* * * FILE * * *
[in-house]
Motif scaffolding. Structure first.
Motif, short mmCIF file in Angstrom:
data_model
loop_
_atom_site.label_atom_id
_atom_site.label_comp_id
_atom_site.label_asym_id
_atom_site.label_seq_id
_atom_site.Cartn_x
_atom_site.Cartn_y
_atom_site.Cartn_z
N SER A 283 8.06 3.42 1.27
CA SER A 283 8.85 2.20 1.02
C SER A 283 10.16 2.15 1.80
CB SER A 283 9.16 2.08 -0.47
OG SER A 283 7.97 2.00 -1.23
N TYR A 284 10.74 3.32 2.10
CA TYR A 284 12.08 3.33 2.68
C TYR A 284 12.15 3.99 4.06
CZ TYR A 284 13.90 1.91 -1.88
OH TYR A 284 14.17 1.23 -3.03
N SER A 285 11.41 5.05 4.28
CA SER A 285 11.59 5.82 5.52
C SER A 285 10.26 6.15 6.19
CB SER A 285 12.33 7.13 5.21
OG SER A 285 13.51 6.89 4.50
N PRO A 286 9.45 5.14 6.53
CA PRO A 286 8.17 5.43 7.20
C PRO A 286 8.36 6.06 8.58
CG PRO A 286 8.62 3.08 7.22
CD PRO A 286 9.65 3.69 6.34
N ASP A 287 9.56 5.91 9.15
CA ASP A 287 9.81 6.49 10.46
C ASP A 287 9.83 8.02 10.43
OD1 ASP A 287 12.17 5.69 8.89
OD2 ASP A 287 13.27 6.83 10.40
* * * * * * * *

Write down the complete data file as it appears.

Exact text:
[in-house]
Motif scaffolding. Structure first.
Motif, short mmCIF file in Angstrom:
data_model
loop_
_atom_site.label_atom_id
_atom_site.label_comp_id
_atom_site.label_asym_id
_atom_site.label_seq_id
_atom_site.Cartn_x
_atom_site.Cartn_y
_atom_site.Cartn_z
N SER A 283 8.06 3.42 1.27
CA SER A 283 8.85 2.20 1.02
C SER A 283 10.16 2.15 1.80
CB SER A 283 9.16 2.08 -0.47
OG SER A 283 7.97 2.00 -1.23
N TYR A 284 10.74 3.32 2.10
CA TYR A 284 12.08 3.33 2.68
C TYR A 284 12.15 3.99 4.06
CZ TYR A 284 13.90 1.91 -1.88
OH TYR A 284 14.17 1.23 -3.03
N SER A 285 11.41 5.05 4.28
CA SER A 285 11.59 5.82 5.52
C SER A 285 10.26 6.15 6.19
CB SER A 285 12.33 7.13 5.21
OG SER A 285 13.51 6.89 4.50
N PRO A 286 9.45 5.14 6.53
CA PRO A 286 8.17 5.43 7.20
C PRO A 286 8.36 6.06 8.58
CG PRO A 286 8.62 3.08 7.22
CD PRO A 286 9.65 3.69 6.34
N ASP A 287 9.56 5.91 9.15
CA ASP A 287 9.81 6.49 10.46
C ASP A 287 9.83 8.02 10.43
OD1 ASP A 287 12.17 5.69 8.89
OD2 ASP A 287 13.27 6.83 10.40